The most recent updates should be at the top of the changelog, which displays the updates in an order that is reversed. By viewing the changelog in this way, users may examine the most recent updates right away, providing them with the most important details first.

Highlighting Recent Updates

Users can instantly see any changes that may affect their experience with the product by having the most recent updates shown at the top of the changelog. This removes the need for customers to scroll through a lengthy list of updates and keeps them up to date on the newest features, upgrades, and bug fixes.

Improved User Experience

Reverse chronological ordering of updates makes it simple for users to track changes over time. By providing information in an easy-to-understand manner, this simple method improves the user experience overall and makes it easier for consumers to comprehend the progress of the product.

Step 4: Format Your Changelog Entries Properly #

Once you’ve collected all of the necessary data for your changelog entries, you must correctly style them for your users’ clarity and understanding. Follow these criteria to properly structure your changelog entries:

Heading Tags: #

Use clear headings to organize your changelog entries and make it easy for users to navigate through the information.

Bullet Points: #

 Changes are presented as bullet points for enhanced readability and ease of scanning.

Consistent Formatting: #

Consistent formatting is maintained throughout the changelog to create a cohesive and professional appearance.

Table: #

A table format is considered for changelog entries, especially when communicating multiple changes. This helps organize the information neatly and allows users to easily compare different versions of the product.

Here’s an example of how you can format your changelog entries using headings, bullet points, and a table:

Changelog Entry Example: #

Version 1.1.0 (Release Date: January 15, 2024)

● New Features
● Added support for dark mode.
● Implemented in-app notifications for important updates.
● Enhancements:
● Improved performance and stability.
● Enhanced user interface for better usability.
● Bug Fixes:
● Resolved issue with login authentication.
● Fixed minor UI glitches on certain devices.

Changelog Table Example: #

Version Release Date Changes
1.1.0 January 15, 2024 – Added support for dark mode. <br> – Implemented in-app notifications for important updates. <br> – Improved performance and stability. <br> – Enhanced user interface for better usability. <br> – Resolved issue with login authentication. <br> – Fixed minor UI glitches on certain devices.

Following these­ formatting guidelines will help pre­sent your changelog entrie­s clearly and neatly. This makes it e­asier for users to understand the­ changes and updates to your digital product.

Step 5: Categorize and Label Your Changelog Entries #

Here’s how to categorize and label your changelog entries effectively:

Identify Key Categories

The main categories or types of changes typically included in a changelog are things like “New Features,” “Bug Fixes,” “Improvements,” and “Enhancements.” These classifications make it easy to see at a glance what types of updates have been made to the product. The specific categories used will depend on the nature of the product and the updates that are being documented.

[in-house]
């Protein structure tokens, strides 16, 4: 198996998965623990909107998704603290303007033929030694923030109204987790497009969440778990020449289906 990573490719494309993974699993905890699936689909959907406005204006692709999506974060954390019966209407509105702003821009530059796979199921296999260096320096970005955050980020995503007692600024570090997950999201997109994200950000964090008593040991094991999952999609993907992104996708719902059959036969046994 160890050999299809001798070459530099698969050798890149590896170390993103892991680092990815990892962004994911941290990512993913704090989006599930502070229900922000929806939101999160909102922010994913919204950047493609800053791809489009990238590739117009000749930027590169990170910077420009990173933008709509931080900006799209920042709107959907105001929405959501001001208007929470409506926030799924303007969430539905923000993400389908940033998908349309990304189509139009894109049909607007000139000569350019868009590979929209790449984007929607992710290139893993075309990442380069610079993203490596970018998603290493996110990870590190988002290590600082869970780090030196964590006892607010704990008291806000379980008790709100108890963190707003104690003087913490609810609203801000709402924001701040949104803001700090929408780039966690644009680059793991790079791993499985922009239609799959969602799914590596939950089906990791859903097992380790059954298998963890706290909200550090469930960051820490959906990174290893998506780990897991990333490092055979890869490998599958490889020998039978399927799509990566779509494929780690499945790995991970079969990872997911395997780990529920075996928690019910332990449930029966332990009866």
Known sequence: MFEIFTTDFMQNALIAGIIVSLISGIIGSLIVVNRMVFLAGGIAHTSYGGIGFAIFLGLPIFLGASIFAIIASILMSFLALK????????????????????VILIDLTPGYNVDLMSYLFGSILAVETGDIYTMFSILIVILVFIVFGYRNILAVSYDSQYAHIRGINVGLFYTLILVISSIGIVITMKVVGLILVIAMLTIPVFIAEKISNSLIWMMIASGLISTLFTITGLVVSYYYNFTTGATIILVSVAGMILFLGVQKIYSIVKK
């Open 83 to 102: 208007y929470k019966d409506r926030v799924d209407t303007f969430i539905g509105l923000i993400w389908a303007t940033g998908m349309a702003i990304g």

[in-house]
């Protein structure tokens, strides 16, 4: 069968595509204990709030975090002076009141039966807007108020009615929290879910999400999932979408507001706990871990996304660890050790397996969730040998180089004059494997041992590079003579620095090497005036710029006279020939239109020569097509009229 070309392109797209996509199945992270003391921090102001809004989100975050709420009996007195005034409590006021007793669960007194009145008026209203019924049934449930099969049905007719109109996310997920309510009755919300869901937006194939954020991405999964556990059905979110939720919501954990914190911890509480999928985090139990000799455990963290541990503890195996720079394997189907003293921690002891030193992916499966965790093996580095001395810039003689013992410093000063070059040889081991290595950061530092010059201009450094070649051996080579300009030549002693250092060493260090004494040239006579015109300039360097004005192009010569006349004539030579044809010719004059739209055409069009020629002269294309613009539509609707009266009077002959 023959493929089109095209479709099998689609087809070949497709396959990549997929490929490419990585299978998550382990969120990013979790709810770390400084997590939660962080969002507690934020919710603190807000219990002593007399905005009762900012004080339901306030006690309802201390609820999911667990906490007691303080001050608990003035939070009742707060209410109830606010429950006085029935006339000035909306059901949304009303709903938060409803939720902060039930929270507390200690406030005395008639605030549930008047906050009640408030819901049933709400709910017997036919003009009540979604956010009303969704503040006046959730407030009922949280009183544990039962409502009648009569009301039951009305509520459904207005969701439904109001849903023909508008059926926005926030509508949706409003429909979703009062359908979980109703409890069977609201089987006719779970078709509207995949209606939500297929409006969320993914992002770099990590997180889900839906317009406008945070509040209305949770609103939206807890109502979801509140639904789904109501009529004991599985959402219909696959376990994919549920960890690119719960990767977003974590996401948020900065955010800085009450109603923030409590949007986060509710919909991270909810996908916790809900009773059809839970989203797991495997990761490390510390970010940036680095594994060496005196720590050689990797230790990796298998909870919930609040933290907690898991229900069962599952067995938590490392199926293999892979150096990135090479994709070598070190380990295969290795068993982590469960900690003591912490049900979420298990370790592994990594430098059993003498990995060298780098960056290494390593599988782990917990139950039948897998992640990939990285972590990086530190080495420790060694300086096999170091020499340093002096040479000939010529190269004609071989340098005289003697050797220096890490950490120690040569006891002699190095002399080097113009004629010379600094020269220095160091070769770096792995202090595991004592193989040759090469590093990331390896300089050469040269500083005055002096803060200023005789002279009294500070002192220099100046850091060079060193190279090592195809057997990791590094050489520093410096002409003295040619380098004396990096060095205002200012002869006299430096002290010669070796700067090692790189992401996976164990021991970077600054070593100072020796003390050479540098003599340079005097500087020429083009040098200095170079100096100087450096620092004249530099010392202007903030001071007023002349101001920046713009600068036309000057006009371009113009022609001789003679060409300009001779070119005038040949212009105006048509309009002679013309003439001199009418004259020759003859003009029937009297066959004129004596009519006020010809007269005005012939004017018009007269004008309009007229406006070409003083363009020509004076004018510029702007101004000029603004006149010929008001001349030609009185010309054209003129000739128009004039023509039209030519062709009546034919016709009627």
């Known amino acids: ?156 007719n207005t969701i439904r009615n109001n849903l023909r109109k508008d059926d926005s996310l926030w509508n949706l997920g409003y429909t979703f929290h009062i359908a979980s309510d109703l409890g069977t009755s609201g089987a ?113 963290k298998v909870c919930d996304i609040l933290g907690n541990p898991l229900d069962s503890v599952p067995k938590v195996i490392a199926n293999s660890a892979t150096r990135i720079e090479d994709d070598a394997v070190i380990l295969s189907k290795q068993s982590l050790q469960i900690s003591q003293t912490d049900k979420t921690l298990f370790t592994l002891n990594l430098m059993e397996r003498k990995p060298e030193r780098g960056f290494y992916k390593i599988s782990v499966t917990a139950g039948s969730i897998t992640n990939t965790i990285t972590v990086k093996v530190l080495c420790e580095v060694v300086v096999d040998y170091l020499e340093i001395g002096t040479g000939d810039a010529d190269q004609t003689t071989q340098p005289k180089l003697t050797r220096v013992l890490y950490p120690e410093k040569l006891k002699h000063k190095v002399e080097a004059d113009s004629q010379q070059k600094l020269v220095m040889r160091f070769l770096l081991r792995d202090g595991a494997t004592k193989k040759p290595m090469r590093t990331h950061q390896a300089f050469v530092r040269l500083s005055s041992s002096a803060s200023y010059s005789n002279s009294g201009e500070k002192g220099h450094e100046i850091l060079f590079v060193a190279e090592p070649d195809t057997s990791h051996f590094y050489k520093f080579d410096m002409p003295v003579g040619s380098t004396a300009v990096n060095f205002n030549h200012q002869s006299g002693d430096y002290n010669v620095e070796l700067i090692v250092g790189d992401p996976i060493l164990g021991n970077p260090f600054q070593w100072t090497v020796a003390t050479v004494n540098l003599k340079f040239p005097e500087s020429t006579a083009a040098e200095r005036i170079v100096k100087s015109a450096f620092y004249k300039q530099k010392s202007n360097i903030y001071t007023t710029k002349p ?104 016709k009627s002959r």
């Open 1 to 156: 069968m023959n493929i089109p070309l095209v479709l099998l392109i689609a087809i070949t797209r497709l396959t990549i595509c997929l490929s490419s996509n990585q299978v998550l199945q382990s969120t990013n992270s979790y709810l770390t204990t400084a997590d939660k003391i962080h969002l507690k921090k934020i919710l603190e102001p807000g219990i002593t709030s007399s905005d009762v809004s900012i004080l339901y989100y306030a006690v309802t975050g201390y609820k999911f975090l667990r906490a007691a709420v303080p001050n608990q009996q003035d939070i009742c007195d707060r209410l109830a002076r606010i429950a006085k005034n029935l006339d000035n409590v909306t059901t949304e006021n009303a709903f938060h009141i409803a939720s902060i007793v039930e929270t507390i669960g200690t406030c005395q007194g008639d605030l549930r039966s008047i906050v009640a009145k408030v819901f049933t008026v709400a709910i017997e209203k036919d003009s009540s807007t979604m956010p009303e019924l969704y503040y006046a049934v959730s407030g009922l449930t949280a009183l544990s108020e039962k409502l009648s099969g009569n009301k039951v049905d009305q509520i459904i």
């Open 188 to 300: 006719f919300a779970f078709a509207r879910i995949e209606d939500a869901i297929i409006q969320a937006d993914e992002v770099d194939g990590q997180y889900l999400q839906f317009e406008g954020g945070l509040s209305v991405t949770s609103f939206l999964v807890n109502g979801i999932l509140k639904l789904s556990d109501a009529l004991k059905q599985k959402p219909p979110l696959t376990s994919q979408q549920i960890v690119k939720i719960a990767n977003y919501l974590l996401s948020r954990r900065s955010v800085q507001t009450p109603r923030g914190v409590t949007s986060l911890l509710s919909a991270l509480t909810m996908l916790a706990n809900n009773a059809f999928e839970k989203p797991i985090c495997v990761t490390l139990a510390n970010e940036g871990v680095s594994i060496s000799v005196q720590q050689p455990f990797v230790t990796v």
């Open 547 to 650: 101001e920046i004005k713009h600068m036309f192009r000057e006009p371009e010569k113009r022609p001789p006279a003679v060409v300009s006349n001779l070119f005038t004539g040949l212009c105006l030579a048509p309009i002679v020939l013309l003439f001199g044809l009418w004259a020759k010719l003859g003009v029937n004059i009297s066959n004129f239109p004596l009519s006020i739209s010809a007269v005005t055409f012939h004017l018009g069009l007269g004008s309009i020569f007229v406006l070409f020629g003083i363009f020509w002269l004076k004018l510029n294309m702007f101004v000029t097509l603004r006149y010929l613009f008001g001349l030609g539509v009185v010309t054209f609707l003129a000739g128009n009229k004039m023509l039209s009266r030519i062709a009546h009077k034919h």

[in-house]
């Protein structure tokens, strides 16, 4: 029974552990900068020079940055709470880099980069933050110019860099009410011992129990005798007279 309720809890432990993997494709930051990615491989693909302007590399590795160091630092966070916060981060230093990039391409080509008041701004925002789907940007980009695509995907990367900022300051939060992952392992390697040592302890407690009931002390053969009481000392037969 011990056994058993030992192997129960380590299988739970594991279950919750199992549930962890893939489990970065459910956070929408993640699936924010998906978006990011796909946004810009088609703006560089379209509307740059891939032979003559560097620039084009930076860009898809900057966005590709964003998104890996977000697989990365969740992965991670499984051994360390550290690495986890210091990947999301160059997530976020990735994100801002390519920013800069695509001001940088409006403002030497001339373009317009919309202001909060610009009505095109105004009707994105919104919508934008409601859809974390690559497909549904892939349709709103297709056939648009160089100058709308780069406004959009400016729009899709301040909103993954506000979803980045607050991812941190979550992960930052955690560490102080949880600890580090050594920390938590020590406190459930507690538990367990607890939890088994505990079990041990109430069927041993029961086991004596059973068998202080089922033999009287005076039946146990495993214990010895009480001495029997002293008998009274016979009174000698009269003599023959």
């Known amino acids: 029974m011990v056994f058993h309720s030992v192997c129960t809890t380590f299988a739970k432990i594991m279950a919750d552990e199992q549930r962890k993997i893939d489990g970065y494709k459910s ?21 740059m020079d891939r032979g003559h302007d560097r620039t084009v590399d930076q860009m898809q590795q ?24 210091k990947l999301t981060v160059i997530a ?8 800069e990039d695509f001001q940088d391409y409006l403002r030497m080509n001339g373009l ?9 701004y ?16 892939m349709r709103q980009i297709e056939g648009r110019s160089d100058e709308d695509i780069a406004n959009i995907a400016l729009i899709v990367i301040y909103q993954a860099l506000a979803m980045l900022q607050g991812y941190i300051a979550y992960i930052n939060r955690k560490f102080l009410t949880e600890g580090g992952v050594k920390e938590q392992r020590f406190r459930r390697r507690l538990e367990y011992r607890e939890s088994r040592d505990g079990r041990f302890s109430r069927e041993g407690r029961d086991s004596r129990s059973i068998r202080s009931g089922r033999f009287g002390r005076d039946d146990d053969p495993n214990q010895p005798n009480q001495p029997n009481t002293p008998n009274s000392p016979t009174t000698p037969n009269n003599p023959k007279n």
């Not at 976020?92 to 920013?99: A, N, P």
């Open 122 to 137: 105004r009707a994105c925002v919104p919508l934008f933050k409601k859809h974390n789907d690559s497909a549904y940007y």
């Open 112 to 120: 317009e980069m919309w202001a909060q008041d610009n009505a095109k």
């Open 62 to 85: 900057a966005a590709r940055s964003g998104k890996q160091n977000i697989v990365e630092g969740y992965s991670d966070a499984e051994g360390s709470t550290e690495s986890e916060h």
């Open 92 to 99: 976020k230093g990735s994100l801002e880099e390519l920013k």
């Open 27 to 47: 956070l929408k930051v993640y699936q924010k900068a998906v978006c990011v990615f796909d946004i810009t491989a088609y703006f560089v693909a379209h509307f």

Create Clear Labels

For eve­ry category, make straightforward and detaile­d labels that precisely capture­ the types of changes include­d. Use plain language that’s easy for use­rs to grasp, and steer clear of spe­cialized terms or technical jargon that may confuse­ your audience.

Organize Entries

Arrange the changelog entries into applicable category headings. This helps the reader locate and understand similar changes. Consider adopting an organized layout to present the changelog in a structured and organized manner, with each category clearly defined.

Provide Detailed Descriptions

Along with each changelog entry, include clear and extensive descriptions or summaries of the changes done. Include critical information such as the correct feature that has been added or improved, the nature of any issue fixes, and the functionality that has been upgraded. Users will be able to understand more about the upgrades and their impact.

Use Consistent Formatting

Using consistent formatting for your changelog entries contributes to a more united and professional-looking document. Use a consistent style for headings, labels, and descriptions. To improve readability, consider employing formatting such as bullet points or numbered lists.

By organizing and labelling your changelog entries in this manner, you can improve their usability and help consumers better comprehend the changes made to your product. Here’s an example table that shows how to categorize and label changelog entries:

Category Label Description
Features New Features Descriptions of new features added to the product.
Bug Fixes Bug Fixes Details of any bugs or issues that have been resolved.
Improvements Enhancements Information about improvements or optimizations made to the product.
Changes Modifications Summaries of any changes or updates to existing features.
Enhancements Performance Improvements related to performance or speed.
Updates Version Updates Notes about version updates or releases.

Following these guidelines can help you categorize and label your changelog entries more effectively. This makes it simpler for users to locate and comprehend the changes made to your product. Using clear labels and organization makes the changelog more user-friendly and informative.

Source File: Keepachangelog